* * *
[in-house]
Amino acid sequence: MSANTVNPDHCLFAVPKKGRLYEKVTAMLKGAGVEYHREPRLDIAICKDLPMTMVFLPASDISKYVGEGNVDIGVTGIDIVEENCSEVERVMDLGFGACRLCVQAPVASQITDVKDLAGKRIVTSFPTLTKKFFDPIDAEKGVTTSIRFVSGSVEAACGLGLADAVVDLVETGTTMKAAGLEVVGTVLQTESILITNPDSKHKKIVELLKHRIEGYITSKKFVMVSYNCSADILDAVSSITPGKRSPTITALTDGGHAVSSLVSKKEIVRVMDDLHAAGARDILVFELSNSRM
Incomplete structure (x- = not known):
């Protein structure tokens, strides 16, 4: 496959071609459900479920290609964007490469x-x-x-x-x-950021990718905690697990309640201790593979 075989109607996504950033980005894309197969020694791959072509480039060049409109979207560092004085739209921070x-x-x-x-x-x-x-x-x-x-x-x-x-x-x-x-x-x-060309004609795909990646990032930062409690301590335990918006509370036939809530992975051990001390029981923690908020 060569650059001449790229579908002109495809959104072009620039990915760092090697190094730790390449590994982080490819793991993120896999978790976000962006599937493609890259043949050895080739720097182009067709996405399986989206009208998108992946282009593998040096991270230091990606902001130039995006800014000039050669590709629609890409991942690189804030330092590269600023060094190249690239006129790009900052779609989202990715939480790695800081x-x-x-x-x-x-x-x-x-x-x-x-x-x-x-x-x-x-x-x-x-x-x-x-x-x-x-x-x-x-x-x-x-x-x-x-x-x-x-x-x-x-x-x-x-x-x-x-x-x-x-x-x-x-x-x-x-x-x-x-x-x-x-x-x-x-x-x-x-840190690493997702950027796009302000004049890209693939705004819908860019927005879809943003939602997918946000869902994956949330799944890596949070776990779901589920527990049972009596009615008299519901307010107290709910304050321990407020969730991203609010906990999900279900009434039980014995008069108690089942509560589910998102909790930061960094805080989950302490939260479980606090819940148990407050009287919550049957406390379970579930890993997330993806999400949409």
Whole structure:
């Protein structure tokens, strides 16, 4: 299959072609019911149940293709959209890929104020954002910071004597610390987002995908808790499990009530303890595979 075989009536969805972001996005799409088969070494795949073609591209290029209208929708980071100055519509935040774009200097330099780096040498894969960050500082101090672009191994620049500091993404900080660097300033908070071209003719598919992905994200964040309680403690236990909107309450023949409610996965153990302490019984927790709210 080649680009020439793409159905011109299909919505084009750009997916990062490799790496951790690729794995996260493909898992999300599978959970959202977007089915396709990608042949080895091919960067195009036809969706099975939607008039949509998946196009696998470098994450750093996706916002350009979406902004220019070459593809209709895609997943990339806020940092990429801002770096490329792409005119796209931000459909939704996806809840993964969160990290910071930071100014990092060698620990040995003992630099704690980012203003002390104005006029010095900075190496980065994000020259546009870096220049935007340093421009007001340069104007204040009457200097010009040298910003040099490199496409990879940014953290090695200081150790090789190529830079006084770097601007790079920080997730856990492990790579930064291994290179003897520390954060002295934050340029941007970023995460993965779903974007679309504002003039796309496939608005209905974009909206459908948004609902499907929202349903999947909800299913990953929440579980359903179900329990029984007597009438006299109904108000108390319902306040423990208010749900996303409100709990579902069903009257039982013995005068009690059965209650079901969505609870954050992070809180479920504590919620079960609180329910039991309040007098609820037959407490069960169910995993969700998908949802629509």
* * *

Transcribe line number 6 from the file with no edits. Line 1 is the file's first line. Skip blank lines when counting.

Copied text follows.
């Protein structure tokens, strides 16, 4: 299959072609019911149940293709959209890929104020954002910071004597610390987002995908808790499990009530303890595979 075989009536969805972001996005799409088969070494795949073609591209290029209208929708980071100055519509935040774009200097330099780096040498894969960050500082101090672009191994620049500091993404900080660097300033908070071209003719598919992905994200964040309680403690236990909107309450023949409610996965153990302490019984927790709210 080649680009020439793409159905011109299909919505084009750009997916990062490799790496951790690729794995996260493909898992999300599978959970959202977007089915396709990608042949080895091919960067195009036809969706099975939607008039949509998946196009696998470098994450750093996706916002350009979406902004220019070459593809209709895609997943990339806020940092990429801002770096490329792409005119796209931000459909939704996806809840993964969160990290910071930071100014990092060698620990040995003992630099704690980012203003002390104005006029010095900075190496980065994000020259546009870096220049935007340093421009007001340069104007204040009457200097010009040298910003040099490199496409990879940014953290090695200081150790090789190529830079006084770097601007790079920080997730856990492990790579930064291994290179003897520390954060002295934050340029941007970023995460993965779903974007679309504002003039796309496939608005209905974009909206459908948004609902499907929202349903999947909800299913990953929440579980359903179900329990029984007597009438006299109904108000108390319902306040423990208010749900996303409100709990579902069903009257039982013995005068009690059965209650079901969505609870954050992070809180479920504590919620079960609180329910039991309040007098609820037959407490069960169910995993969700998908949802629509």